Outsourcing: Is It Right for You?
by Shekhar Chitnis and Scott Shea
(County Bar Update, March 2005, Vol. 25, No. 3)


Outsourcing: Is It Right for You?


By Shekhar Chitnis and Scott Shea at the request of the Law Practice Management Section Executive Committee. Chitnis and Shea are the presidents of Chisk Inc. Law Support Services (www.chisk.com/lawsupport.htm), providing law firms with outsourced support services. They can be reached at 949-388-2433, scott.shea@chisk.com or schitnis@chisk.com. The opinions expressed are their own.


You've heard about the growing trend of outsourcing, some of it to specialized companies in the information technology field such as IBM and EDS but increasingly to overseas locations such as India for call centers and document processing. As it has evolved, this trend has implications for the law profession.


The concept of outsourcing is not new. Since the beginning of civilization, humans outsourced work as the offering of goods and services became more and more specialized. While the issue of what exactly was first outsourced would be better addressed by anthropologists, it is easy to visualize housekeepers going to millers to get their grains milled into flour instead of doing it themselves.


In business, too, similar outsourcing must have started early, perhaps when the same millers purchased their mills from specialist mill makers instead of building the mills themselves as the mill making technology grew more complex. As our society became more and more specialized, this trend accelerated.


The key criteria for choosing what to outsource have always remained the same: Is it more cost effective to outsource instead of doing it yourself (assuming you have the luxury of time to even contemplate doing it yourself)? Will the outside source do a better job than you? And, finally, is the work your core competency or a distraction from it? (You should never outsource your core competency.)


The outsourcing trend has accelerated even more with the convergence of the Internet, low telecommunication costs, liberalization, globalization, and the like, creating the capability to use a remotely located, highly educated, talented workforce either in the next county or in another country.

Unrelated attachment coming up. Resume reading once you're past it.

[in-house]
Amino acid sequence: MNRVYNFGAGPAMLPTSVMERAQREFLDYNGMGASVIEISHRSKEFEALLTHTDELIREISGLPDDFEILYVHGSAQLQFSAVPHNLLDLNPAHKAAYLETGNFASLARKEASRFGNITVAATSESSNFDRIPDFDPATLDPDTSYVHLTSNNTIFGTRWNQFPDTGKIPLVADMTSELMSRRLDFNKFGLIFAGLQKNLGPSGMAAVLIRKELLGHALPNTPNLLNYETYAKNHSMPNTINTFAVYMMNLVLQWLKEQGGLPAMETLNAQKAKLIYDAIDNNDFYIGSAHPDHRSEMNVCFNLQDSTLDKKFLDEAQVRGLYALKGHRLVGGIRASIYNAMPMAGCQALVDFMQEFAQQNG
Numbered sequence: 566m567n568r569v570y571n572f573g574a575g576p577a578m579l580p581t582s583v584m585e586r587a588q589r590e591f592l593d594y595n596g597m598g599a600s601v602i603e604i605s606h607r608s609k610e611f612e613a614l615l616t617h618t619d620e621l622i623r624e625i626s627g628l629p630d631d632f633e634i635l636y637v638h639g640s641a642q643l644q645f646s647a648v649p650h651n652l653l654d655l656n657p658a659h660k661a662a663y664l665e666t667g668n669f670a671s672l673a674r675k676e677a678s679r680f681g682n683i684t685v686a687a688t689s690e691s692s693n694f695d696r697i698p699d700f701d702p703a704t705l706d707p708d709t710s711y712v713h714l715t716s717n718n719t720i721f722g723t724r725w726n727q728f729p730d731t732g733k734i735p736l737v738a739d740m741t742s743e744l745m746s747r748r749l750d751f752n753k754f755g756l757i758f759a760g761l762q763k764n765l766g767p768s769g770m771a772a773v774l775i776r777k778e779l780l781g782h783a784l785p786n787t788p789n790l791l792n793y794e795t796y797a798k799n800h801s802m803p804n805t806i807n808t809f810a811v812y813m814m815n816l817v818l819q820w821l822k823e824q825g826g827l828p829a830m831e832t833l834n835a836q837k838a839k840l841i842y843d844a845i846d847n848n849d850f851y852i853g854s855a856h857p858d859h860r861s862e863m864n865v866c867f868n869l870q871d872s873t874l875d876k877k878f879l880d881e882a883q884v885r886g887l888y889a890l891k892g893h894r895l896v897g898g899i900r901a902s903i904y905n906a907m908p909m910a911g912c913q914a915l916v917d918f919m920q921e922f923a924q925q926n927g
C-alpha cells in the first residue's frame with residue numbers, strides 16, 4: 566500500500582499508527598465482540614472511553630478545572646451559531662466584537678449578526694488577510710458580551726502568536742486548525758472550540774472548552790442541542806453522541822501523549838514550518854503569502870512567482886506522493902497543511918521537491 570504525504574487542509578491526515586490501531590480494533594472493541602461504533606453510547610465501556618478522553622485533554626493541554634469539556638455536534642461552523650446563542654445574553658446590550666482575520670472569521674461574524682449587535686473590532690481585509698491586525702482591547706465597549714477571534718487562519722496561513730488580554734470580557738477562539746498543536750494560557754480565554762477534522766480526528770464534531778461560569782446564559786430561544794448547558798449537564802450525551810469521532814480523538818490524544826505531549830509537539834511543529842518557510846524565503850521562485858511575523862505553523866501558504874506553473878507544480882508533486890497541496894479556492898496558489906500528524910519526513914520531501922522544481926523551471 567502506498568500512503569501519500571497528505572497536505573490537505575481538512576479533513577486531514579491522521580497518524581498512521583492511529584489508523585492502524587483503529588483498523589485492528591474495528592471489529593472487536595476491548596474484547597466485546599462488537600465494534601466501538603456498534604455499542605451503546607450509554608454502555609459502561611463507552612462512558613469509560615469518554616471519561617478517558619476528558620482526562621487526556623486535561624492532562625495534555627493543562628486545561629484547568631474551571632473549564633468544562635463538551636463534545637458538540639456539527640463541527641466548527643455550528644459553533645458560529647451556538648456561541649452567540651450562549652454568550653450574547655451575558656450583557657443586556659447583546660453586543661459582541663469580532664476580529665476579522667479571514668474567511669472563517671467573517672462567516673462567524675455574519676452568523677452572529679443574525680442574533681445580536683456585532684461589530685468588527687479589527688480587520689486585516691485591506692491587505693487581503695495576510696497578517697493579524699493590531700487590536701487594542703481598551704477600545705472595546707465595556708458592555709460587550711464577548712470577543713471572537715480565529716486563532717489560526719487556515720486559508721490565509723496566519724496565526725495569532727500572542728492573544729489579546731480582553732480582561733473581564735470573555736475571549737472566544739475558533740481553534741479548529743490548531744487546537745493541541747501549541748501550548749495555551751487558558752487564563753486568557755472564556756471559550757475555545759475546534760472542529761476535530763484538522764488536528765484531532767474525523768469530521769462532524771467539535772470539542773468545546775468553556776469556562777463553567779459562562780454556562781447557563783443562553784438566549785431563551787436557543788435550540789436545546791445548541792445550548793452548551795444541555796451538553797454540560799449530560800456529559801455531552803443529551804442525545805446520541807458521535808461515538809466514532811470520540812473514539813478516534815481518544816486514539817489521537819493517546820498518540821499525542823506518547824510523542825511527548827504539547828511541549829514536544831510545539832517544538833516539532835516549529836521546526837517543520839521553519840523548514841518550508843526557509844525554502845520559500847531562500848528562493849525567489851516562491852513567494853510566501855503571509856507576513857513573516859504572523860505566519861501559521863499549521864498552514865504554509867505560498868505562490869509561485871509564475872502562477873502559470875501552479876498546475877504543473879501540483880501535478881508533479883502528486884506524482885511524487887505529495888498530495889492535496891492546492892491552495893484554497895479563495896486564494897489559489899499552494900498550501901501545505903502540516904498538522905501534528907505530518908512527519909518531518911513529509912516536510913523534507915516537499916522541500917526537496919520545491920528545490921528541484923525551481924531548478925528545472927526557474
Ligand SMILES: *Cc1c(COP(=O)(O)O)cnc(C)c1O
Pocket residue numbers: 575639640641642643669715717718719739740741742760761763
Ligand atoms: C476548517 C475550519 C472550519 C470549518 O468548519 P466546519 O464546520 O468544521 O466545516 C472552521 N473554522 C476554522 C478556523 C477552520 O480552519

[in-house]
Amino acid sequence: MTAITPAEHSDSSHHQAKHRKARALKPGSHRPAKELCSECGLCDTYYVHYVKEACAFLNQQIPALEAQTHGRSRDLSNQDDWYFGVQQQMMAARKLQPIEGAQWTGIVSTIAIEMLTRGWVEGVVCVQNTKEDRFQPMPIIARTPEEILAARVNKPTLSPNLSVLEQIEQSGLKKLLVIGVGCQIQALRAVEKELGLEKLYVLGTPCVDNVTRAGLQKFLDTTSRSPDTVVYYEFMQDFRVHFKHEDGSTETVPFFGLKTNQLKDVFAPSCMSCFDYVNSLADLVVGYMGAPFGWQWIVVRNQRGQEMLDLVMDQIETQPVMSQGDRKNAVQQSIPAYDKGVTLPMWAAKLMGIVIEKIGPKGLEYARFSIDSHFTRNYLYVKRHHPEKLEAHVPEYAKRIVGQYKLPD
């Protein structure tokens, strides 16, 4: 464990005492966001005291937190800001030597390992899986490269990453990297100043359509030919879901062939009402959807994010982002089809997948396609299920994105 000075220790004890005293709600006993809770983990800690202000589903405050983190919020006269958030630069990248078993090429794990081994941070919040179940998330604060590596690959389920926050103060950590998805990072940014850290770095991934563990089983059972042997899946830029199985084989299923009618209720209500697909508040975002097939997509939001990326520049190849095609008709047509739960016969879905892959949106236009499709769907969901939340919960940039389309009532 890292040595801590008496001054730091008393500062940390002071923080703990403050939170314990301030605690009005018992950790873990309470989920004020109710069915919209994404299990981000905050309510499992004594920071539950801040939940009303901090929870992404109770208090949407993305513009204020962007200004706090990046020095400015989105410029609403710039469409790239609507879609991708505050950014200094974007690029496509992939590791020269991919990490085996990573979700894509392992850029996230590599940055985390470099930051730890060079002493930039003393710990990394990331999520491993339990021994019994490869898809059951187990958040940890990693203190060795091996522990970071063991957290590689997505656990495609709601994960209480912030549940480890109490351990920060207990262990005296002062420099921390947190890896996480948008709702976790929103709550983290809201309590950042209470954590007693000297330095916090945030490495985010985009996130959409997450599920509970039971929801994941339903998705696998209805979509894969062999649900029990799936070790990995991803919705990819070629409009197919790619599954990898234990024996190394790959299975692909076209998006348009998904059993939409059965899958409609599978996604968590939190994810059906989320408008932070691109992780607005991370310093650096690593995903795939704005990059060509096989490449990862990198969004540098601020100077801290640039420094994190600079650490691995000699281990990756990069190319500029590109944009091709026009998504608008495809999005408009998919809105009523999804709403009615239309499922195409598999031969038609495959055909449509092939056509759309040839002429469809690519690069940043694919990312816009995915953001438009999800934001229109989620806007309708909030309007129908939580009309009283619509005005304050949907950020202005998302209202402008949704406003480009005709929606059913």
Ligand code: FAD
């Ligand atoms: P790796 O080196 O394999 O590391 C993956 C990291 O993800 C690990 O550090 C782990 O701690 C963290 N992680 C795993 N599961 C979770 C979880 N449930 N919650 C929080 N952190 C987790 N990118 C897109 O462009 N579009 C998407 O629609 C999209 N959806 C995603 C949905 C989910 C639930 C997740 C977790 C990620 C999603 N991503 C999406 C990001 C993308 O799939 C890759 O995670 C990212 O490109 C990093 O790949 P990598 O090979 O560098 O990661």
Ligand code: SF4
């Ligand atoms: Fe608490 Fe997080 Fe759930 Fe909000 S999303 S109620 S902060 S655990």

Implications for Law Firms


Off sourcing (offshore outsourcing) has devastated industries as manufacturing jobs move out of the country to a younger, cheaper workforce. In areas such as law, however, where there is "job protection" due to the need for a license and customer interface, outsourcing still offers a tremendous opportunity. Besides the benefit of lower costs, many firms can benefit with improvement in quality (support by a better educated workforce that can be afforded due to lower cost level); timing (they work while you sleep); and process improvement (outsourcing creates the need to streamline your own process to take maximum advantage, usually resulting in improved operations). A better return on existing assets also can result by allowing attorneys to focus on core competencies, thereby increasing billable hours.


The Negatives


Like everything else in life involving change, there is a price to pay: the feeling of loss of control, which is common to any kind of delegating. Before outsourcing, it is also important for lawyers to consider potential issues involving breaches of confidentiality, conflict of interest, and other forms of malpractice. With proper planning, these issues can be overcome but need to be addressed up front with mitigating measures and disclosures to clients to avoid future misunderstandings. There is also the issue of learning curve investment: You need to learn new ways to operate, and you need to teach your vendor your own way of operating, but if you see this as an investment and not an expense, then the payback time is very short.


Who Should Outsource?


While anyone can benefit from outsourcing, it typically benefits the firms that:

-- have enough work volume of a particular type to send out (rule of thumb: at least one person-day per month)

-- want to leverage present infrastructure without additional capital commitments

-- are looking for process improvements

-- are seeking quality improvements

-- need quick turnaround without overtime payment


What Type of Work Can Be Outsourced?


Almost any type of work that does not require a license or a direct customer interface can be outsourced:

-- administrative and back office requirements

-- digitizing libraries/documents for electronic storage, computer analysis, and Internet access

-- document processing

-- information technology and data processing

legal/litigation research, drafting, and support

-- intellectual property research, drafting, and support

-- e-graphics and litigation exhibits preparation

-- computer forensics and electronic data recovery

-- forensic accounting analysis and damages valuation


Outsourcing is a growing trend in all industries and professions. It can offer a significant competitive advantage to law firms that are innovative and can adapt to change. It can help achieve the dual goals of expanding business and the bottom line simultaneously while re-engineering law office practices to take advantage of 21st century technology and environment. Change is difficult, but it can be an opportunity for improving the bottom line and operations as well as the quality of life.

# # #